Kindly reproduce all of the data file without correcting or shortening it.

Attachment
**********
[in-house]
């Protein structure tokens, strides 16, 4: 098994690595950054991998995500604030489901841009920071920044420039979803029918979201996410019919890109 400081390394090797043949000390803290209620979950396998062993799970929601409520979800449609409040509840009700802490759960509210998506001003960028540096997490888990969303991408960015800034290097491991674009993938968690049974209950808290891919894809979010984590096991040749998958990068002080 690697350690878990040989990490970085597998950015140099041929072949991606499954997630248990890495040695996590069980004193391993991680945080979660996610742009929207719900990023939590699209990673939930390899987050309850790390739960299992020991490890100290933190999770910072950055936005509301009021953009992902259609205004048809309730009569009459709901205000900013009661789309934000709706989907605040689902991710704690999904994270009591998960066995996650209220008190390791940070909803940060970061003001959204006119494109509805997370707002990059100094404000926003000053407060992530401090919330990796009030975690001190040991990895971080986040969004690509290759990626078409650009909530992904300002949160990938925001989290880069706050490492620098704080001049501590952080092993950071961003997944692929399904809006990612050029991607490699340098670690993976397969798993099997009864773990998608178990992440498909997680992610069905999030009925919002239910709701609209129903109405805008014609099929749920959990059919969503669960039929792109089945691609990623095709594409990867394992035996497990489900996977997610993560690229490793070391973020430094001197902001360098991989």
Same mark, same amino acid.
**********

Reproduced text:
[in-house]
């Protein structure tokens, strides 16, 4: 098994690595950054991998995500604030489901841009920071920044420039979803029918979201996410019919890109 400081390394090797043949000390803290209620979950396998062993799970929601409520979800449609409040509840009700802490759960509210998506001003960028540096997490888990969303991408960015800034290097491991674009993938968690049974209950808290891919894809979010984590096991040749998958990068002080 690697350690878990040989990490970085597998950015140099041929072949991606499954997630248990890495040695996590069980004193391993991680945080979660996610742009929207719900990023939590699209990673939930390899987050309850790390739960299992020991490890100290933190999770910072950055936005509301009021953009992902259609205004048809309730009569009459709901205000900013009661789309934000709706989907605040689902991710704690999904994270009591998960066995996650209220008190390791940070909803940060970061003001959204006119494109509805997370707002990059100094404000926003000053407060992530401090919330990796009030975690001190040991990895971080986040969004690509290759990626078409650009909530992904300002949160990938925001989290880069706050490492620098704080001049501590952080092993950071961003997944692929399904809006990612050029991607490699340098670690993976397969798993099997009864773990998608178990992440498909997680992610069905999030009925919002239910709701609209129903109405805008014609099929749920959990059919969503669960039929792109089945691609990623095709594409990867394992035996497990489900996977997610993560690229490793070391973020430094001197902001360098991989």
Same mark, same amino acid.